Answer: B.

Pleas use "^" for powers, and formatting for formulas.

I think one more case is to be considered, i.e when k = 0, y = 1. Even then 0/4 = 0 a integer. B will remain the answer
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If y is an integer greater than 0, is (y^3 - y) divisible by 4? [#permalink]
If \(y\) is an integer greater than 0, is (\(y^3\) - \(y\)) divisible by 4?

(1) \(y^2\) + \(y\) is divisible by 10.

(2) For a certain integer \(k\), \(y\) = 2\(k\) + 1
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Re: If y > 0, is (y^3 – y) divisible by 4? [#permalink]
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HKD1710 wrote:
If \(y\) is an integer greater than 0, is (\(y^3\) - \(y\)) divisible by 4?

(1) \(y^2\) + \(y\) is divisible by 10.

(2) For a certain integer \(k\), \(y\) = 2\(k\) + 1


Merging topics. Please refer to the discussion above.
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Re: If y > 0, is (y^3 – y) divisible by 4? [#permalink]
Bunuel wrote:
If y>0, is y^3-y divisible by 4?

\(y^3-y=y(y^2-1)=y(y-1)(y+1)\)

(1) y^2+y is divisible by 10 --> if \(y=10\) then \(y(y-1)(y+1)=10*9*11\), so not divisible by 4 (product of 2 odd and not multiple of 4 will not be divisible by 4) BUT if \(y=100\) then \(y(y-1)(y+1)=100*99*101\), so divisible by 4 (100 is a multiple of 4, hence product will be divisible by 4). Not sufficient.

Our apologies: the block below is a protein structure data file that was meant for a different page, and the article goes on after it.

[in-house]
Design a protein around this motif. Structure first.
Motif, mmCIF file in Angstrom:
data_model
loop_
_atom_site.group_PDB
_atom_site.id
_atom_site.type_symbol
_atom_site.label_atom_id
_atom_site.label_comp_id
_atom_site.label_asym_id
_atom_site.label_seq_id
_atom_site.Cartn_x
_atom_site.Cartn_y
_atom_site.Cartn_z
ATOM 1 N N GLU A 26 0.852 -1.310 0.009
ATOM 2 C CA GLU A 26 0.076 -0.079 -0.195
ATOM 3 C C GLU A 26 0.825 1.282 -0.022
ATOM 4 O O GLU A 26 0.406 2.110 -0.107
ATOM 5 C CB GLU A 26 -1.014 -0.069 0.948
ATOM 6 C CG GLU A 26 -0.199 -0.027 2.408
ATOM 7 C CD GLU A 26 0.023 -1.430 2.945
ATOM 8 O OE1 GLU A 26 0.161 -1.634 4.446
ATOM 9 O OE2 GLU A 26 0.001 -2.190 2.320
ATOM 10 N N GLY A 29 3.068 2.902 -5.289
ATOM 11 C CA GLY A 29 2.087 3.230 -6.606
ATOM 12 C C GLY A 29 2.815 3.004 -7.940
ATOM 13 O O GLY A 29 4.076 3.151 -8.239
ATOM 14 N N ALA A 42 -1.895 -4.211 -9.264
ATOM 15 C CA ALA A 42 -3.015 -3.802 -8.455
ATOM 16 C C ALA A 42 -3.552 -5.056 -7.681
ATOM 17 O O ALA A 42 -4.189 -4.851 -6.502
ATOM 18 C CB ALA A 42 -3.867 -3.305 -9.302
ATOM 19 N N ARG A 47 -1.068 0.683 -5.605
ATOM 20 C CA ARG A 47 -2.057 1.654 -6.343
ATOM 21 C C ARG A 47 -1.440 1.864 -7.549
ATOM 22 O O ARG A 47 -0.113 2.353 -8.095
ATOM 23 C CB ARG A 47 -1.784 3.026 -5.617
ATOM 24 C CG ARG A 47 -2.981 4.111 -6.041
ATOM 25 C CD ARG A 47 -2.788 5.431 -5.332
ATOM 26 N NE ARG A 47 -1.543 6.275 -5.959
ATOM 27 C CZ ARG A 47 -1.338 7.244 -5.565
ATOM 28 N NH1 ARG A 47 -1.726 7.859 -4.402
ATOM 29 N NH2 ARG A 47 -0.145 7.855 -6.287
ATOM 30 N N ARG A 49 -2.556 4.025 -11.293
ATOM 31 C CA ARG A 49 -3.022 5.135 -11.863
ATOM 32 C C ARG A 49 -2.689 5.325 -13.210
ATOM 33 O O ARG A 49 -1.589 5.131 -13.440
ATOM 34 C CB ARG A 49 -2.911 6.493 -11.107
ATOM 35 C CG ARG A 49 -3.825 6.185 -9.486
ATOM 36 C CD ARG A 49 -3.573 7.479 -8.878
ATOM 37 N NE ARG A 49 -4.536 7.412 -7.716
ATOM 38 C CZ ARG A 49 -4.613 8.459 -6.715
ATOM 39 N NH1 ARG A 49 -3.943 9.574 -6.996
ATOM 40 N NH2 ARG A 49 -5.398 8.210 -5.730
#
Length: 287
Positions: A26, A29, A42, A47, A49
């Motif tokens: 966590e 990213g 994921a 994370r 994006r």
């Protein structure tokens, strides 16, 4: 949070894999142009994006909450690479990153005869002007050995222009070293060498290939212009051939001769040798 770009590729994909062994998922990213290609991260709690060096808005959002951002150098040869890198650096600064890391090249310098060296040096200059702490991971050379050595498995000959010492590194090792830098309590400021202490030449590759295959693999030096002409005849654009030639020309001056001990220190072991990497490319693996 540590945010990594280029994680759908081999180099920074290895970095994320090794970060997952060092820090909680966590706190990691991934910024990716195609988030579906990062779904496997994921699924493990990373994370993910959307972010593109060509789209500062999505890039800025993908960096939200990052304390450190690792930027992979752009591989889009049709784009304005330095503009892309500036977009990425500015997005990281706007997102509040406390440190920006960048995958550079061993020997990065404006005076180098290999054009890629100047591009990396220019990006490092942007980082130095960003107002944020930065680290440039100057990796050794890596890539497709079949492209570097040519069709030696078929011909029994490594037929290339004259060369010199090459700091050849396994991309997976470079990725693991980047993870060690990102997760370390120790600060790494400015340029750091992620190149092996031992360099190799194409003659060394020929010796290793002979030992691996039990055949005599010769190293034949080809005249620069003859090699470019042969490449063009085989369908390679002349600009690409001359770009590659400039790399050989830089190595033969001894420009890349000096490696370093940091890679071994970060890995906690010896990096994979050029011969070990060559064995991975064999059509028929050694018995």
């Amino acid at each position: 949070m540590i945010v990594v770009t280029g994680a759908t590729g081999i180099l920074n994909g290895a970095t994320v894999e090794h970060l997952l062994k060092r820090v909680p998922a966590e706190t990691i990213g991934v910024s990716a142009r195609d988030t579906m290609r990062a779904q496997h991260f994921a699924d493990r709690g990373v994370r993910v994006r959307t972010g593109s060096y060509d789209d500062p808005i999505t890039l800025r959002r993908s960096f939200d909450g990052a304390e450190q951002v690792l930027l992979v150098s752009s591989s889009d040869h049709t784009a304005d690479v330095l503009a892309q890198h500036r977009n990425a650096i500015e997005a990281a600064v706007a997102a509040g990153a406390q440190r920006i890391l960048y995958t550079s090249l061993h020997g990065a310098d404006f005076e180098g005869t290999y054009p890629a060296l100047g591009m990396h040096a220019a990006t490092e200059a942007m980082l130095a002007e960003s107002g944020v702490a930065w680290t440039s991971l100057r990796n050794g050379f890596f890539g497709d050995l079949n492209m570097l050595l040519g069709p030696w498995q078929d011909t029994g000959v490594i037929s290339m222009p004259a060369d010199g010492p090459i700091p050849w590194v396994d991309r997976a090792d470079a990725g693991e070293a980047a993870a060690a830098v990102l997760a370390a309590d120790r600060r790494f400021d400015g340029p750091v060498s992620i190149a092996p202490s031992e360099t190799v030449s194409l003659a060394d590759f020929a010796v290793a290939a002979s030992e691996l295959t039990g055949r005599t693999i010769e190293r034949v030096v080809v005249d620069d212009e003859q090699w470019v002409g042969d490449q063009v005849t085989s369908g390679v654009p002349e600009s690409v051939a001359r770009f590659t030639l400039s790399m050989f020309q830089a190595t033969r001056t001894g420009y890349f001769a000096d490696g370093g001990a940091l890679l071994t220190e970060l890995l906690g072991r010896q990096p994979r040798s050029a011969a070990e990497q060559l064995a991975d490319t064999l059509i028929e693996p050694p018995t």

(2) For a certain integer k, y=2k+1 --> \(y=odd\) --> \(y-1=even\) and \(y+1=even\) --> \(y(y-1)(y+1)\) is a multiple of 4 (product of 2 even numbers is a multiple of 4, OR as \(y-1\) and \(y-1\) are consecutive even numbers, thus one of them must be multiple of 4). Sufficient.

Answer: B.

Pleas use "^" for powers, and formating for formulas.


Hello Bunnel or GMATCLUB members,

For Statement 2 we say since y is odd means y-1 is even and y+1 is even, so the given statement is div by 4. But consider if y = 1 since it is given y>0.
Now y-1 is 0 and y+1 = 2. Could this be a valid case ? Then the answer will be C. Request your help?
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If y > 0, is (y^3 – y) divisible by 4? [#permalink]
coolkl wrote:
Bunuel wrote:
If y>0, is y^3-y divisible by 4?

\(y^3-y=y(y^2-1)=y(y-1)(y+1)\)